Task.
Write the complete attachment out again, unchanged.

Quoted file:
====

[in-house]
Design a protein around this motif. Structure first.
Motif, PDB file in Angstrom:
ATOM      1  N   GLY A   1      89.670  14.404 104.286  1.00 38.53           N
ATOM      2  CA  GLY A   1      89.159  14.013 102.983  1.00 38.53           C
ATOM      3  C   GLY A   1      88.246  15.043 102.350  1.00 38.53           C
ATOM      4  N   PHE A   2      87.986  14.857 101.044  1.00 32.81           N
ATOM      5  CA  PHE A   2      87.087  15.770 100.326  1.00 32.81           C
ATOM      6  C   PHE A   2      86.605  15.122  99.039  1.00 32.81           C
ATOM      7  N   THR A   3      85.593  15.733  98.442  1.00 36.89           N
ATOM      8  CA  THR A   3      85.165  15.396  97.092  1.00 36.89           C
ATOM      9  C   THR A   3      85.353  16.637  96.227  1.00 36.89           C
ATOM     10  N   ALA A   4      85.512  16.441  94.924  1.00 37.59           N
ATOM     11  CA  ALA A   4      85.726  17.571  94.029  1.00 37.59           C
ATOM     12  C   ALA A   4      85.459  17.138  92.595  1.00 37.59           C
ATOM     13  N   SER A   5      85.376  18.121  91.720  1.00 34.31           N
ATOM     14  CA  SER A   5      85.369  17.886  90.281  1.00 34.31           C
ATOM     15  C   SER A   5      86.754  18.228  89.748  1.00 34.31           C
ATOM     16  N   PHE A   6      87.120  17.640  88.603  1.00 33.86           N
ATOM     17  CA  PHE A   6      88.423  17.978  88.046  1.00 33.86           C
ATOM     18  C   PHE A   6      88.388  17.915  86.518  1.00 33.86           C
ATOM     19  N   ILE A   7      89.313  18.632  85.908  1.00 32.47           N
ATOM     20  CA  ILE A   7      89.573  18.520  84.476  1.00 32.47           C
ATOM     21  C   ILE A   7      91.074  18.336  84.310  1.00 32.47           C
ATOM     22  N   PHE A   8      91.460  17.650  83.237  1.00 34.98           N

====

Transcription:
[in-house]
Design a protein around this motif. Structure first.
Motif, PDB file in Angstrom:
ATOM      1  N   GLY A   1      89.670  14.404 104.286  1.00 38.53           N
ATOM      2  CA  GLY A   1      89.159  14.013 102.983  1.00 38.53           C
ATOM      3  C   GLY A   1      88.246  15.043 102.350  1.00 38.53           C
ATOM      4  N   PHE A   2      87.986  14.857 101.044  1.00 32.81           N
ATOM      5  CA  PHE A   2      87.087  15.770 100.326  1.00 32.81           C
ATOM      6  C   PHE A   2      86.605  15.122  99.039  1.00 32.81           C
ATOM      7  N   THR A   3      85.593  15.733  98.442  1.00 36.89           N
ATOM      8  CA  THR A   3      85.165  15.396  97.092  1.00 36.89           C
ATOM      9  C   THR A   3      85.353  16.637  96.227  1.00 36.89           C
ATOM     10  N   ALA A   4      85.512  16.441  94.924  1.00 37.59           N
ATOM     11  CA  ALA A   4      85.726  17.571  94.029  1.00 37.59           C
ATOM     12  C   ALA A   4      85.459  17.138  92.595  1.00 37.59           C
ATOM     13  N   SER A   5      85.376  18.121  91.720  1.00 34.31           N
ATOM     14  CA  SER A   5      85.369  17.886  90.281  1.00 34.31           C
ATOM     15  C   SER A   5      86.754  18.228  89.748  1.00 34.31           C
ATOM     16  N   PHE A   6      87.120  17.640  88.603  1.00 33.86           N
ATOM     17  CA  PHE A   6      88.423  17.978  88.046  1.00 33.86           C
ATOM     18  C   PHE A   6      88.388  17.915  86.518  1.00 33.86           C
ATOM     19  N   ILE A   7      89.313  18.632  85.908  1.00 32.47           N
ATOM     20  CA  ILE A   7      89.573  18.520  84.476  1.00 32.47           C
ATOM     21  C   ILE A   7      91.074  18.336  84.310  1.00 32.47           C
ATOM     22  N   PHE A   8      91.460  17.650  83.237  1.00 34.98           N